Stern confirmed the NBPA's stated timeline for the next steps in these talks, saying that he was extending his previous deadline of Wednesday through to next Tuesday.

NBA Labor

"We understand that the revised proposal will be presented to the board of the union on Monday, or if travel is difficult, no later than Tuesday," Stern said. "Just as the clock had stopped on Wednesday as we negotiated through to today, it would remain stopped through [Hunter's] meeting with his board. Then, at that time, if we don't get a positive response the revised offer starting at 47 percent and based upon a flex cap would be our revised negotiating position."

He then struck somewhat of a conciliatory tone, thanking the union's executive staff for their efforts and attempting to paint the league's current offer as a compromise between the desired outcomes from both sides. 

"We don't expect them to like every aspect of our revised proposal," Stern said of the players. "I would say that there are many teams that don't like every aspect of our revised proposal. But I did tell Billy that that proposal has the support of the chairman of the labor relations committee, Adam, me and the labor relations comittee itself."

The talks between the two sides would be suspended until after the NBPA meets next week, Stern said, because talks would not be fruitful until the players have time to consider the merits of the offer in full.

"It doesn't make any sense to keep going here [because] we have made our revised proposal and we are not planning to make another one," Stern said.

The commissioner, when asked directly, refused to offer a prediction on whether the NBPA would approve of the offer.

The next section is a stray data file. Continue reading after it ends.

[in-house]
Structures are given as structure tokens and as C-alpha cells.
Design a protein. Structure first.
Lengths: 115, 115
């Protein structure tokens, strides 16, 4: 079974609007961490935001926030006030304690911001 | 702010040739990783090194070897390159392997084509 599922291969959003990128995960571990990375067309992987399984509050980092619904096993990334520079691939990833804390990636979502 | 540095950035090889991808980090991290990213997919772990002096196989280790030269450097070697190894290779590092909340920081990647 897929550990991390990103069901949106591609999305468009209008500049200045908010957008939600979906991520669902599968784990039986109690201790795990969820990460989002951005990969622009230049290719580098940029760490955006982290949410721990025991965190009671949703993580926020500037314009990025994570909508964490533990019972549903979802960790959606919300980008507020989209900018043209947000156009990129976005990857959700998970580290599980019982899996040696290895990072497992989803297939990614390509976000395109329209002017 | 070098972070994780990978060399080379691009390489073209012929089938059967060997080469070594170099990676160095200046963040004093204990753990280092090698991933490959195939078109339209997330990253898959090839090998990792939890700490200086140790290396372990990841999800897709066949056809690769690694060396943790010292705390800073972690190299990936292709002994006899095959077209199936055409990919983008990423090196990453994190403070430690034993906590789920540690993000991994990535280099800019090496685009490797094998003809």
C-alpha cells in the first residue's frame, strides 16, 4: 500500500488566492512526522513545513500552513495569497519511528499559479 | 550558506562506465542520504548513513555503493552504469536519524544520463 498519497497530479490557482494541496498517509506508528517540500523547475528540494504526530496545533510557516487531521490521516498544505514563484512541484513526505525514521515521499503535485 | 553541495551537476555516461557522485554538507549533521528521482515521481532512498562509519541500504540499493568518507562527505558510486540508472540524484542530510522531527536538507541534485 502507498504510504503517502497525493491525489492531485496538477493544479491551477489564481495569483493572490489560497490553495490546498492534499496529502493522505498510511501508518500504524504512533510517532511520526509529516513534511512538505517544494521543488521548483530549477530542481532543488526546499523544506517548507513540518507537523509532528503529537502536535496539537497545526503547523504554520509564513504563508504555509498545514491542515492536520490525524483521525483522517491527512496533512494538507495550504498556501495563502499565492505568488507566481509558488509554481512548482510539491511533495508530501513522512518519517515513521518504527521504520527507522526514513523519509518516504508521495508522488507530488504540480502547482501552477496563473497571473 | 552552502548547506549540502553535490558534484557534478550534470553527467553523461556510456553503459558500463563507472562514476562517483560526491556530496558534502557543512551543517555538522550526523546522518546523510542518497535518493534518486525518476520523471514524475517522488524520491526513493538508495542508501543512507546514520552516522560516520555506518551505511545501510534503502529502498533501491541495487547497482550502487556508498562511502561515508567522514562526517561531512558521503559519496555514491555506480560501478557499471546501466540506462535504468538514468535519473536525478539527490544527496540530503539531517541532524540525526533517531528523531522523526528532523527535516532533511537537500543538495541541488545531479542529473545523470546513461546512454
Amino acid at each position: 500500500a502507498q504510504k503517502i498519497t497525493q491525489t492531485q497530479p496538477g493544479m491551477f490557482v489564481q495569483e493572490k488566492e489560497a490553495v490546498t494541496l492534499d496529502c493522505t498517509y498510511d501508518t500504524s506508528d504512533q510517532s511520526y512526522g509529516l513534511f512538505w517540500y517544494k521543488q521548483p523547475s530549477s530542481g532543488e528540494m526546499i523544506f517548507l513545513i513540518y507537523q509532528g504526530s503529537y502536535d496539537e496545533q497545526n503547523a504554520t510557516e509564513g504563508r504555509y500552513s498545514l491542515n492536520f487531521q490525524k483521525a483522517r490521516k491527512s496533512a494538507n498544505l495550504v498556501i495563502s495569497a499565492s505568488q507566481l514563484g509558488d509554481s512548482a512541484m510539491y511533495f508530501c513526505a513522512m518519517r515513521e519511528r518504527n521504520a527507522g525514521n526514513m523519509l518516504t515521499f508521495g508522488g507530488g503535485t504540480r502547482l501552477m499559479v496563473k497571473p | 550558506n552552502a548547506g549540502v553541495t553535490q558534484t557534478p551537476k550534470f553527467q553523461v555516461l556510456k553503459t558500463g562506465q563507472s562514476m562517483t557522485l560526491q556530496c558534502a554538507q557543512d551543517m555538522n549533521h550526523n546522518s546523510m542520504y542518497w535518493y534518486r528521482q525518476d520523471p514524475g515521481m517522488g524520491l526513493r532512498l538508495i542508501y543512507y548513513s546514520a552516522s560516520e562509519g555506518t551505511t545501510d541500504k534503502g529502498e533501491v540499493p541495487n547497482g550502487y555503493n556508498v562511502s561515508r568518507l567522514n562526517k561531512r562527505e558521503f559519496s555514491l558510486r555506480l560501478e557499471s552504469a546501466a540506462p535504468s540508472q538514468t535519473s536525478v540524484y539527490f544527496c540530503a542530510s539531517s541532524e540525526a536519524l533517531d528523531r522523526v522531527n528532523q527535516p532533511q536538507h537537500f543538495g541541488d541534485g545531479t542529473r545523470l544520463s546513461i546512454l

"I would not presume to project or predict what the union will do. I can hope, and my hope is that the events of next week will lead us to a 72-game schedule, starting on December 15."

NBA deputy commissioner Adam Silver said that the 72-game schedule would be made possible by pushing the NBA playoffs back one week.

Thursday's talks began at noon and marked the second consecutive day of negotiations between the two sides. The chatter throughout the day was minimal, except for a brief moment of optimism caused when former New York Knicks executive Dave Checketts told a Salt Lake City radio station that he heard an agreement had been reached, before later back-tracking.

The ongoing NBA lockout has now lasted for 133 days.
Posted on: November 10, 2011 1:07 am
Edited on: November 10, 2011 1:51 am

NBA-NBPA talks pass deadline; still no deal

Posted by Ben Gollivernba-lockout

The NBA and the National Basketball Players Association met for roughly 12 hours on Wednesday in New York City -- blowing past a 5 p.m. deadline imposed by commissioner David Stern -- and emerged at 1 a.m. Thursday morning to inform the assembled media that they still have not yet reached a deal on a new collective bargaining agreement.

Ken Berger of CBSSports.com reported that "no deal" was reached.

"We've agreed that we have stopped the clock and we continue to negotiate," Stern told reporters after the negotiating session concluded. "I would not read into this optimism or pessimism, we're just continuing to negotiate."